John Betjeman was an English poet and broadcaster who was born in London in 1906. He is best known for his love of London and his descriptive poetry about the city. In this blog post, we take a look at one of his favourite spots in London and explore why he loved it so much.
Many of you will have seen the statue of John Betjeman located in London’s St Pancras station. The renowned poet is honoured with a bronze sculpture that was created by Martin Jennings and unveiled in 2009. Betjeman led a campaign to save St. Pancras Station and the Chambers from demolition in the 1960’s. John Betjeman was active in saving a number of buildings, including the Blackfriars pub. His statue is a tribute to his campaigning efforts.
There is, however, no reminder in the oasis of Aberdeen Park in Highbury of its connection with John Betjeman. Aberdeen Park is an unexpected expansive leafy haven in inner London with public access. The residents are responsible for most aspects of Aberdeen Park’s upkeep and this is reflected in its relaxing ambience. Why aren’t more places like this?
There are 341 addresses in Aberdeen park, predominantly domestic architecture covering 150 years.
There are four storey Victorian villas on the South and East perimeter with iconic Italianate towers built in 1850’s for prosperous City merchants and well to do families.
St Saviour’s church is the only Grade I listed building in Islington, converted in 1988 but closed in 1980. Designed by William White, architect noted for his part in C19th Gothic revival and church restoration. After moving to London from Lemington Spa he became an Improver in George Gilbert Scott’s (designer of Albert Memorial, Hyde Park) team for two years. William White worked on five churches in London including Battersea and Wandsworth. He moved to Truro, Cornwall. Most of his work was done in Devon and Cornwall.
John Betjeman, the poet, worshipped at St Saviour’s church as a boy with his family before moving to Highgate. His religious beliefs came through in some of his poems including ‘Christmas’ and his autobiography poem ‘Summoned by Bells’ (1960) in which he remembers childhood visits to Aberdeen Park:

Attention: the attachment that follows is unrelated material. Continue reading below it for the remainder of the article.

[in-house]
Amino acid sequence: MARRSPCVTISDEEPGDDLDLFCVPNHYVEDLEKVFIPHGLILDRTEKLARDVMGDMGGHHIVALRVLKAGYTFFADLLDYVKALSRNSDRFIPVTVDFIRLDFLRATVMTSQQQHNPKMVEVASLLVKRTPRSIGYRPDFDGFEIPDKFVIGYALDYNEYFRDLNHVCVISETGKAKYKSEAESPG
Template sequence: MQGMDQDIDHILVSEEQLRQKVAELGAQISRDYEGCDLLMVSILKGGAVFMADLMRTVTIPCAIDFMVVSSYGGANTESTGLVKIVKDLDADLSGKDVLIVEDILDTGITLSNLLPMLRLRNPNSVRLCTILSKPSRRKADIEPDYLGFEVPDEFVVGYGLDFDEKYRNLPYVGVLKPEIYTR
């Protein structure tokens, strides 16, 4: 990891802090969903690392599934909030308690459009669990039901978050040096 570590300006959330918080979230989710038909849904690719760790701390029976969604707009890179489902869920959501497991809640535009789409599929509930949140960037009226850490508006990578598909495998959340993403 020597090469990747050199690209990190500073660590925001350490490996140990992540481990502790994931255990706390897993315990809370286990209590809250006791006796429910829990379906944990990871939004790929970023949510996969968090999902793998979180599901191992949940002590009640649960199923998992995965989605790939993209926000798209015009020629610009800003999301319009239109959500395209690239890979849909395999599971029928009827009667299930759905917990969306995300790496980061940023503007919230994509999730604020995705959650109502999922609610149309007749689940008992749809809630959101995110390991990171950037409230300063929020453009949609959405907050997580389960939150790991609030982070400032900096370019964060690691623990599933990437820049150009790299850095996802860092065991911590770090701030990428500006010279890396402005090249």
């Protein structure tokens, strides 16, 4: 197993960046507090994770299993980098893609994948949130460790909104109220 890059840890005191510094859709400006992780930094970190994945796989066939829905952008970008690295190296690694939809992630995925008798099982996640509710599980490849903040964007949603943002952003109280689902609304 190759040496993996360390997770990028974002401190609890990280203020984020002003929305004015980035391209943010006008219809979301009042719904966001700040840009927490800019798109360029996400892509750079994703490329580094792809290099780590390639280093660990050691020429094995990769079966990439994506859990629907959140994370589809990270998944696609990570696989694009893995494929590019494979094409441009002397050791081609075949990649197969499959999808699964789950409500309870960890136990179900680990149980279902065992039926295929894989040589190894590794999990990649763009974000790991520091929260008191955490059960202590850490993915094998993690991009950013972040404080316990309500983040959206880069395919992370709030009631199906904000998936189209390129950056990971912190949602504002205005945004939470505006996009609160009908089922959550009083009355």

Slow walks we took
On sunny afternoons to great-great-aunts
In tall Italianate Houses: Aberdeen Park,
Hillmarton Road and Upper Pooter-land.
Short gravel drives to steepish flights of steps
And stained-glass windows in a purple hall,
A drawing-room with stands of plotted plants,
Lace curtains screening other plants beyond.
His grandparents married at St Saviour’s in 1870 and his parents Ernest and Mabel married in the same church in 1902 and shares it with us in his poem St Saviour’s, Aberdeen Park, Highbury, London N (1948):
Great red church of my parents, cruciform crossing they knew-
Over these same encaustics they and their parents trod
Bound through a red-brick transept for a once familiar pew
Where the organ set them singing and the sermon let them nod
And up the coloured brickwork the same long shadows grew
As these in the stencilled chancel where I kneel in the presence of God.
John Betjeman is currently rate #344 in the top 500 poets.
Hazel Baker is a qualified CIGA Tour Guide who delivers guided walks and private tours in London. View all of Hazel’s walking tours.